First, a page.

In effect, it is hardly surprising that Shipping Australia Limited (SAL) the owners’ association has voiced its opposition to the creation of a Strategic Fleet, given that the Government Taskforce proposing the policy aims to make foreign owners pay for the fleet.
What may be surprising is the failure, by SAL, to mention that its members, mainly foreign container line operators, are likely to foot the bill. Instead, it focuses its opposition on past policy failures and assertions while also pointing to the Productivity Commission report “Australia’s maritime logistics system”, published in January.
Key recommendations in the Strategic Taskforce Final Report published last week were that Government should establish a levy based on tonnage to fund the fleet and another charge that will meet the cost of training for fleet crew to STCW levels.
The fleet levy would be calculated on a net tonnage basis but would be sufficient to match the cost gap between the Australian flagged Strategic Fleet and foreign flagged vessels, which constitute the vast majority of ships calling at Australan ports, and also the vast majority of SAL members.
The levy placed on vessels calling at Australian ports would, say the Taskforce, “defray the cost of registering a strategic fleet ship on the AGSR”.
The training levy is proposed to fund the training of seafarers to meet the more stringent requirements of the AGSR. It would be imposed on, “Maritime industry participants that are beneficiaries of STCW qualified seafarers,” that will provide financial assistance to employers for trainees to obtain STCW qualifications.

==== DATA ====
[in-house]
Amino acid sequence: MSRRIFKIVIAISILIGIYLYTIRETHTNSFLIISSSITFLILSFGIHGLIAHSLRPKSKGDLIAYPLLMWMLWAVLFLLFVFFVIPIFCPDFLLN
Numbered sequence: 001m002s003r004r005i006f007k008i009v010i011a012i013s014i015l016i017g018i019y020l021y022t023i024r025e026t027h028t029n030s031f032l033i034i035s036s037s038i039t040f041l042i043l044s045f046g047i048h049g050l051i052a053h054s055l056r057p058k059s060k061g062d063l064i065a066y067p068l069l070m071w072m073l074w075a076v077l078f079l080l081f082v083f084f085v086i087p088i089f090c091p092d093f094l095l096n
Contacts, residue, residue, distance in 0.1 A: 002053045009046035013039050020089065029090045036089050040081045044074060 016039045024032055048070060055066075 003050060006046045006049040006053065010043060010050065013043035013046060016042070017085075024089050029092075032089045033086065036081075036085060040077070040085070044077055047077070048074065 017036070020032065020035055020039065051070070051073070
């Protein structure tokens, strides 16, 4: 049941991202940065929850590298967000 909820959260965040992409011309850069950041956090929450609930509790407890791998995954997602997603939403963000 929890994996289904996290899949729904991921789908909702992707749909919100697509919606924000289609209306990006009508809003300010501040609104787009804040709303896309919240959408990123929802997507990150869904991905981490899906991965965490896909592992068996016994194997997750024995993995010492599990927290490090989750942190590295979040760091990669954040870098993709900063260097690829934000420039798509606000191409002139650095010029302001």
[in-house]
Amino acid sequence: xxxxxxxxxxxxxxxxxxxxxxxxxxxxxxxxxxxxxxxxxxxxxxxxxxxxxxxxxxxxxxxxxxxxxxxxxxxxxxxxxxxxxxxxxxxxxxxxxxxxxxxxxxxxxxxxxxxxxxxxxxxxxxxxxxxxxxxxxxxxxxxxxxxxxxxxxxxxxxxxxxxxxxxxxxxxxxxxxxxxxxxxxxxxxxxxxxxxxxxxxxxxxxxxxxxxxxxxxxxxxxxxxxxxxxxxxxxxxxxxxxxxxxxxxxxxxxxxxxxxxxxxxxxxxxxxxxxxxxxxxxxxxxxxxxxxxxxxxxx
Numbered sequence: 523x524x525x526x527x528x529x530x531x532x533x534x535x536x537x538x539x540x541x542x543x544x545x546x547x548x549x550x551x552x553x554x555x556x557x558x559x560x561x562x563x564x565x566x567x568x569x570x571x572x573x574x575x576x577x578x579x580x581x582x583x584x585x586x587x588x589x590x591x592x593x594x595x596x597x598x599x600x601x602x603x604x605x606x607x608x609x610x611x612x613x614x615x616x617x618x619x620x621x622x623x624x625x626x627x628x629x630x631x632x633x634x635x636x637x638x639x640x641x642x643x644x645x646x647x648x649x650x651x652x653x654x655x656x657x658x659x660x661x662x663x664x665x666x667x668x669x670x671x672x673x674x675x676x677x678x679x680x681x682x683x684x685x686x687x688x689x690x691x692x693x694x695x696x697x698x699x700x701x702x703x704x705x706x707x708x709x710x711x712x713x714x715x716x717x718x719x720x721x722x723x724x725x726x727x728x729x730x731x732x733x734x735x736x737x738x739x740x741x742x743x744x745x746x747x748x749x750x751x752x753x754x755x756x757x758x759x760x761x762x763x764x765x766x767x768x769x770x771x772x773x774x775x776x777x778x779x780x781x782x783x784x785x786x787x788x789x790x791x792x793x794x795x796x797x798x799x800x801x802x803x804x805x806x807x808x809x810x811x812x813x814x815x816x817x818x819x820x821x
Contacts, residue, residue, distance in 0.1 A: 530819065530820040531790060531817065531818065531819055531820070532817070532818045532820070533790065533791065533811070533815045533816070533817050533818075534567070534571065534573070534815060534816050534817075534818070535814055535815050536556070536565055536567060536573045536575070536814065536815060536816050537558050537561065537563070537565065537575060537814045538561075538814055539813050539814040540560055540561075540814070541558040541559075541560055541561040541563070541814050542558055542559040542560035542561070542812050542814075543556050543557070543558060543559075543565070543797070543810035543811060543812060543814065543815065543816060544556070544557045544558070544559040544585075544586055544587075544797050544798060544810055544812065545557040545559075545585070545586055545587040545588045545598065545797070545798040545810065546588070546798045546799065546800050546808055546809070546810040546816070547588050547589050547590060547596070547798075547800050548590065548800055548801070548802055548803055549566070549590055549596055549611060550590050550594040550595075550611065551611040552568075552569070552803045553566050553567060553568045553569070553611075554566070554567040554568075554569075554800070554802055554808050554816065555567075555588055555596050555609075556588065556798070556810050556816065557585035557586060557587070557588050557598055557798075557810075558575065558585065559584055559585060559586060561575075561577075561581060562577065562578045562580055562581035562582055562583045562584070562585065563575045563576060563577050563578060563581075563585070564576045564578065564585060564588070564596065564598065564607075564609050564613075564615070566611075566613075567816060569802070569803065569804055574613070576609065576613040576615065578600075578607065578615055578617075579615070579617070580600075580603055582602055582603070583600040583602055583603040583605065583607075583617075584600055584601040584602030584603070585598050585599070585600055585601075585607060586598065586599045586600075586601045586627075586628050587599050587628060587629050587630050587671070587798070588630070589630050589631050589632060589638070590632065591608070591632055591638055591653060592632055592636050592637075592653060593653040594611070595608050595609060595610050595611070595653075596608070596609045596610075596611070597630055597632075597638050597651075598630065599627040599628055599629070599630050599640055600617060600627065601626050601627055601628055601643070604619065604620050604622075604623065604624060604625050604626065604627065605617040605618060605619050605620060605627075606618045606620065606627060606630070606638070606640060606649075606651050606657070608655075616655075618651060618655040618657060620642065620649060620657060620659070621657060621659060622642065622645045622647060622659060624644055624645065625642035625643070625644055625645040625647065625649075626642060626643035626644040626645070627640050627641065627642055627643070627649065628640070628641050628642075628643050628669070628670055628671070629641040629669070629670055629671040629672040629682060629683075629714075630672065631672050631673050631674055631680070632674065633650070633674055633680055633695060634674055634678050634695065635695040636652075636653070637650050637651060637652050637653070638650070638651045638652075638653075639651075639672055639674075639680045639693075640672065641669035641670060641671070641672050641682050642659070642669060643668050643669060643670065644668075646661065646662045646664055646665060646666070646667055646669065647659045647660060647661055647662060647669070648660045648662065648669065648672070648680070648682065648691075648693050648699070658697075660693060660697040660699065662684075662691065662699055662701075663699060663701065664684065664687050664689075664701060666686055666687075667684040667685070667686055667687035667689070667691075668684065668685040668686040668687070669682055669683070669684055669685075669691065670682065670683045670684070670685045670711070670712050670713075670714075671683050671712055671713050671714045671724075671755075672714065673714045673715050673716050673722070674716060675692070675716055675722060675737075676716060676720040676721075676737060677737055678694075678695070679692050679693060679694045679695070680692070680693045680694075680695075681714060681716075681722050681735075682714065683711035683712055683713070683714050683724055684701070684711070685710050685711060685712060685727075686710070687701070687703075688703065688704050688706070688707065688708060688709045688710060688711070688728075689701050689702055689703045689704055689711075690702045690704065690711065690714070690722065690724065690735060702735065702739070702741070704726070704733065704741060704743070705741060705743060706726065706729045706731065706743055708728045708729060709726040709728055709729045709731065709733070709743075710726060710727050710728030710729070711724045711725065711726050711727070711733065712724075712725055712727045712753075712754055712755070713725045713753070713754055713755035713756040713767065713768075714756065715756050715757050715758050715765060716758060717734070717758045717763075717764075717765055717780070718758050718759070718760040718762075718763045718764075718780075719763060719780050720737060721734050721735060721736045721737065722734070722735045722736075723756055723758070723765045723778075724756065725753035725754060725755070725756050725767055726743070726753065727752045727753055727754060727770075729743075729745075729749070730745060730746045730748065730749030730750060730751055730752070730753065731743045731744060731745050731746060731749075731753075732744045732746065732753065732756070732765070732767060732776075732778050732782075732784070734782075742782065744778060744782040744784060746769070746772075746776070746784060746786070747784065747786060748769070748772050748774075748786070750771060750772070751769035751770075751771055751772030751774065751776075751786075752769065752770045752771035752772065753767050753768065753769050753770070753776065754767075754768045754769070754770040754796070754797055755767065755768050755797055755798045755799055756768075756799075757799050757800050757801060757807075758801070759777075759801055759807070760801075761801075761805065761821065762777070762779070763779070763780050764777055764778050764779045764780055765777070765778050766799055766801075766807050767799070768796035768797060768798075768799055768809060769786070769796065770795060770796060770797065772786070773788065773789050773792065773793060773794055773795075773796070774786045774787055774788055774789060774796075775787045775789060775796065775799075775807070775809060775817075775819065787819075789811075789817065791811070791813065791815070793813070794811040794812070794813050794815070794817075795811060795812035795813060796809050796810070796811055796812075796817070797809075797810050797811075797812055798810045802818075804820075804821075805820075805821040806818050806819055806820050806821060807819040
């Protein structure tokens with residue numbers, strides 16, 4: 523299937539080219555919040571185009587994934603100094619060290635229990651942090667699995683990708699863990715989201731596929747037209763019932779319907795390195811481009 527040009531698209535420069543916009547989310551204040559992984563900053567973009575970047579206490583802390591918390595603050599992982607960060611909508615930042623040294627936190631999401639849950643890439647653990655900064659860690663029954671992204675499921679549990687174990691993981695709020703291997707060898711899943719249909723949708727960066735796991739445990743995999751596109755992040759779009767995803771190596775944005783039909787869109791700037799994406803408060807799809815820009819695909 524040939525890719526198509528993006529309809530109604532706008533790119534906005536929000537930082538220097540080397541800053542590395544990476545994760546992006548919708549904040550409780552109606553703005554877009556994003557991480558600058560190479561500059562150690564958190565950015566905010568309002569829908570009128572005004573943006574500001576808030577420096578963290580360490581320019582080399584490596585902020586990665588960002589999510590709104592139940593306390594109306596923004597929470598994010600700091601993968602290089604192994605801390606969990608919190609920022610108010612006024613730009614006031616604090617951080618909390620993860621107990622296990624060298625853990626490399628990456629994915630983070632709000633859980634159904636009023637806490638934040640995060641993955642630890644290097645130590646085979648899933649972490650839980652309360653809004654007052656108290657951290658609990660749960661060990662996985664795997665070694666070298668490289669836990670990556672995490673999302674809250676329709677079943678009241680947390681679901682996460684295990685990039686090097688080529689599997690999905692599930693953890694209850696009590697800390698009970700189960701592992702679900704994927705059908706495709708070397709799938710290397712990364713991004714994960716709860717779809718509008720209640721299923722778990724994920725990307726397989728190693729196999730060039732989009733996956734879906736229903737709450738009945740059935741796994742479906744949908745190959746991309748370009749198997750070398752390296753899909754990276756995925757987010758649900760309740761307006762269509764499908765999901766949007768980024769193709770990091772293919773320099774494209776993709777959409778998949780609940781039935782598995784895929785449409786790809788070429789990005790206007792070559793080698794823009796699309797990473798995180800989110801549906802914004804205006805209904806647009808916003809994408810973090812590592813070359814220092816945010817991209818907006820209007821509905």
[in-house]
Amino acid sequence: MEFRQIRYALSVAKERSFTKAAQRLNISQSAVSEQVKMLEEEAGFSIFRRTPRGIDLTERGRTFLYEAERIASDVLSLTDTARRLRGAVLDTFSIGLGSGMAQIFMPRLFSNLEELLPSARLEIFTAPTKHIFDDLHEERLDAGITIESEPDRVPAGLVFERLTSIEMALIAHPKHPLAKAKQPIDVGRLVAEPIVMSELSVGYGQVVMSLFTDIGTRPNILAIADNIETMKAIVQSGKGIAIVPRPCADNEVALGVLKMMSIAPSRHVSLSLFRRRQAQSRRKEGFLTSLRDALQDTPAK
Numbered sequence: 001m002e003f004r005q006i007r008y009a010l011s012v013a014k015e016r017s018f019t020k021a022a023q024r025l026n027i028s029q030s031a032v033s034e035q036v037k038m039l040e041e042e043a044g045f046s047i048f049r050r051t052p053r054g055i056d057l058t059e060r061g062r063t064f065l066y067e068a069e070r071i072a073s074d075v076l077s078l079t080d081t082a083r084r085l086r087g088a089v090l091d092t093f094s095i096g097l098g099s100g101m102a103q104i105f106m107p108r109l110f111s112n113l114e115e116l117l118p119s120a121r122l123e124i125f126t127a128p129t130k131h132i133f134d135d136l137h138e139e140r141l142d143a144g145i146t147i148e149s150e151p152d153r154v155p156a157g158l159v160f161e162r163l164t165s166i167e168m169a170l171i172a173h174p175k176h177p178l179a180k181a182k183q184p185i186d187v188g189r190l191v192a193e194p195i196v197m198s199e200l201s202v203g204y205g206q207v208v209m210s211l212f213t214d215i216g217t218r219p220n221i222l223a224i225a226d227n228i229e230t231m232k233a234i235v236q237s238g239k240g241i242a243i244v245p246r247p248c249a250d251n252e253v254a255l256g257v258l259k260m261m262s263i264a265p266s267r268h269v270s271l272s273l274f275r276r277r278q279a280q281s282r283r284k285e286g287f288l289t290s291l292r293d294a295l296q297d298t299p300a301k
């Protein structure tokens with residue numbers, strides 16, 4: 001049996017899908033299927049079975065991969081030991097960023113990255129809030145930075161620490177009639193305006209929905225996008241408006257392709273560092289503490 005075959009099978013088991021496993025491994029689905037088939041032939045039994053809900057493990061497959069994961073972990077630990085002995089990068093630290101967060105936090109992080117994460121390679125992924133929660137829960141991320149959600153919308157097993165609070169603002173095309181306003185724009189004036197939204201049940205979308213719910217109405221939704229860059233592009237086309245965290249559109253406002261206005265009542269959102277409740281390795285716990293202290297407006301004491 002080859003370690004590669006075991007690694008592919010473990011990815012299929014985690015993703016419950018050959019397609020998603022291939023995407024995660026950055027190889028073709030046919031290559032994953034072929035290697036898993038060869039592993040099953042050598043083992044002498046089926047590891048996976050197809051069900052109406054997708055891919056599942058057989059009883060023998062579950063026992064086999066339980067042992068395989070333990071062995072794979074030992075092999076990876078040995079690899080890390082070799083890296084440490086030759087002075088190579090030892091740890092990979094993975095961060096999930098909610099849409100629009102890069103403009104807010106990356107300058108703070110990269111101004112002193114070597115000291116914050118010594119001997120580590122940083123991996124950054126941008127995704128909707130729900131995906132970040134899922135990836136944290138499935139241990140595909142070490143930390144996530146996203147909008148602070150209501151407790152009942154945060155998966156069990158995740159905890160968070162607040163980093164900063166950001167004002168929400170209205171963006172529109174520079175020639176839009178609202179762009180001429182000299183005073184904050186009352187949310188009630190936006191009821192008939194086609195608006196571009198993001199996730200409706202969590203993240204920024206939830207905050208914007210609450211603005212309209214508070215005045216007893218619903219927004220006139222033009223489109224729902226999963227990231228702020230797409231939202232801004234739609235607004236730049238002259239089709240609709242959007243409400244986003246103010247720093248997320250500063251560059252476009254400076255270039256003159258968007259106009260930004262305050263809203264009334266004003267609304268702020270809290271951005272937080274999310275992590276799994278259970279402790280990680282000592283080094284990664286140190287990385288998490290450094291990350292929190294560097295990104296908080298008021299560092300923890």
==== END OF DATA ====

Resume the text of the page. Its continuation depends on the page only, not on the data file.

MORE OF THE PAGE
In a seemingly contradictory statement, the Productivity Commission itself a government body stated in January that crew and training measures are: “Best addressed through immigration and cadetship programmes without additional government intervention”.
Howver, the Productivity Commission report’s focus is entirely on container ports, as is stated in the report.
"When asked to nominate issues in Australia’s maritime logistics system, inquiry participants overwhelmingly pointed to problems in container shipping. Consequently, that is where the inquiry has focused, and maritime logistics chains incorporating the five largest container ports — Brisbane, Sydney (Botany), Melbourne, Adelaide and Fremantle — have received most attention.”
However, some 56% of Australian port calls are for bulk carriers, while container calls were only 13.9% of the total vessel calls to Australia.
Registering the strategic fleet
Another recommendation is that all Strategic Fleet vessels are registered on the Australian General Shipping Register, but that Government should amend the requirements to bring the AGSR requirements “closer to those practices in place in competitive flag-state jurisdictions”.
Government argues that its policy of developing a strategic fleet is to secure access to essential imports and is committed to strengthening Australia’s “economic sovereignty” and “national security”.
Catherine King MP, Minister for Infrastructure, Transport, Regional Development and Local Government decided, in the autumn of last year, to appoint a Strategic Fleet Taskforce that would develop a plan to achieve those goals.